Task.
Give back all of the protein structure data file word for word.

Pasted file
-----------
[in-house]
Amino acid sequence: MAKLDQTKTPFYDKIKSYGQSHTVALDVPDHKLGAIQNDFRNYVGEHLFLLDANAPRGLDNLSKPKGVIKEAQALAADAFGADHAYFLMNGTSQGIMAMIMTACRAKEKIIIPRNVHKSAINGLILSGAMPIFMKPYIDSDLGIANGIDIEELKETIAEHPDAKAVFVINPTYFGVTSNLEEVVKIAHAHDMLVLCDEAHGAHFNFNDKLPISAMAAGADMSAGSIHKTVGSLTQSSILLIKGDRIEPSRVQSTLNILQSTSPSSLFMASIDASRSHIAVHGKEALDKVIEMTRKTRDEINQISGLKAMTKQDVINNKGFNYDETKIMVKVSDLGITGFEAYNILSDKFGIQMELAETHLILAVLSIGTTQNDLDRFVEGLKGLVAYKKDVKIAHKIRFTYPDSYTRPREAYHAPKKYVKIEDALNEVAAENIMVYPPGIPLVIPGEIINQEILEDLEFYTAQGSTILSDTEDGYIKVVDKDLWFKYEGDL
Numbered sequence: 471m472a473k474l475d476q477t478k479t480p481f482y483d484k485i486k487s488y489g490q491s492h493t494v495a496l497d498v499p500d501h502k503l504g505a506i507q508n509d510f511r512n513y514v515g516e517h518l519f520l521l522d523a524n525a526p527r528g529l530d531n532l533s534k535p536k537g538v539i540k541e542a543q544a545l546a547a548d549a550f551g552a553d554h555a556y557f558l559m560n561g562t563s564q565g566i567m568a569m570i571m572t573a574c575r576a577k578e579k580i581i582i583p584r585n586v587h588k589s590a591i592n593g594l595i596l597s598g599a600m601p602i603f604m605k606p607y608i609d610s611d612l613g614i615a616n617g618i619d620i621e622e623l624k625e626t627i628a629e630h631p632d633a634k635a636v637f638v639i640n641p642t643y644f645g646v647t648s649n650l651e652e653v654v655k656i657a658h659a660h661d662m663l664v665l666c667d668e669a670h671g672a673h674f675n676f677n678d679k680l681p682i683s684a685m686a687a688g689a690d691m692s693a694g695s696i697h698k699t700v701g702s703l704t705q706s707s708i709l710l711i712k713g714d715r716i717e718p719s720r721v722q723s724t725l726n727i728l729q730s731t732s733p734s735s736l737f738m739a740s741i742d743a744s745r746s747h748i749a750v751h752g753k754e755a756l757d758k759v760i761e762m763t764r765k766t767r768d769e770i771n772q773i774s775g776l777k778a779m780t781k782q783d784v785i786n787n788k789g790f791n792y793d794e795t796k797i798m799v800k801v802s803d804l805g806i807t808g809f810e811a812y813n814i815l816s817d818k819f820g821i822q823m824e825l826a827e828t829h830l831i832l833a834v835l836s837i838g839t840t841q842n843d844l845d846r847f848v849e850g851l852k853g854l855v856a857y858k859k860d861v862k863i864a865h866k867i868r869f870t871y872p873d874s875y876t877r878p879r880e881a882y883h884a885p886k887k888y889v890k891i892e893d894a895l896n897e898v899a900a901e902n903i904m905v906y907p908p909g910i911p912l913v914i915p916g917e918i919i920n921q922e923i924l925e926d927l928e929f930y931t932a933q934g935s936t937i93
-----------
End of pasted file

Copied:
[in-house]
Amino acid sequence: MAKLDQTKTPFYDKIKSYGQSHTVALDVPDHKLGAIQNDFRNYVGEHLFLLDANAPRGLDNLSKPKGVIKEAQALAADAFGADHAYFLMNGTSQGIMAMIMTACRAKEKIIIPRNVHKSAINGLILSGAMPIFMKPYIDSDLGIANGIDIEELKETIAEHPDAKAVFVINPTYFGVTSNLEEVVKIAHAHDMLVLCDEAHGAHFNFNDKLPISAMAAGADMSAGSIHKTVGSLTQSSILLIKGDRIEPSRVQSTLNILQSTSPSSLFMASIDASRSHIAVHGKEALDKVIEMTRKTRDEINQISGLKAMTKQDVINNKGFNYDETKIMVKVSDLGITGFEAYNILSDKFGIQMELAETHLILAVLSIGTTQNDLDRFVEGLKGLVAYKKDVKIAHKIRFTYPDSYTRPREAYHAPKKYVKIEDALNEVAAENIMVYPPGIPLVIPGEIINQEILEDLEFYTAQGSTILSDTEDGYIKVVDKDLWFKYEGDL
Numbered sequence: 471m472a473k474l475d476q477t478k479t480p481f482y483d484k485i486k487s488y489g490q491s492h493t494v495a496l497d498v499p500d501h502k503l504g505a506i507q508n509d510f511r512n513y514v515g516e517h518l519f520l521l522d523a524n525a526p527r528g529l530d531n532l533s534k535p536k537g538v539i540k541e542a543q544a545l546a547a548d549a550f551g552a553d554h555a556y557f558l559m560n561g562t563s564q565g566i567m568a569m570i571m572t573a574c575r576a577k578e579k580i581i582i583p584r585n586v587h588k589s590a591i592n593g594l595i596l597s598g599a600m601p602i603f604m605k606p607y608i609d610s611d612l613g614i615a616n617g618i619d620i621e622e623l624k625e626t627i628a629e630h631p632d633a634k635a636v637f638v639i640n641p642t643y644f645g646v647t648s649n650l651e652e653v654v655k656i657a658h659a660h661d662m663l664v665l666c667d668e669a670h671g672a673h674f675n676f677n678d679k680l681p682i683s684a685m686a687a688g689a690d691m692s693a694g695s696i697h698k699t700v701g702s703l704t705q706s707s708i709l710l711i712k713g714d715r716i717e718p719s720r721v722q723s724t725l726n727i728l729q730s731t732s733p734s735s736l737f738m739a740s741i742d743a744s745r746s747h748i749a750v751h752g753k754e755a756l757d758k759v760i761e762m763t764r765k766t767r768d769e770i771n772q773i774s775g776l777k778a779m780t781k782q783d784v785i786n787n788k789g790f791n792y793d794e795t796k797i798m799v800k801v802s803d804l805g806i807t808g809f810e811a812y813n814i815l816s817d818k819f820g821i822q823m824e825l826a827e828t829h830l831i832l833a834v835l836s837i838g839t840t841q842n843d844l845d846r847f848v849e850g851l852k853g854l855v856a857y858k859k860d861v862k863i864a865h866k867i868r869f870t871y872p873d874s875y876t877r878p879r880e881a882y883h884a885p886k887k888y889v890k891i892e893d894a895l896n897e898v899a900a901e902n903i904m905v906y907p908p909g910i911p912l913v914i915p916g917e918i919i920n921q922e923i924l925e926d927l928e929f930y931t932a933q934g935s936t937i93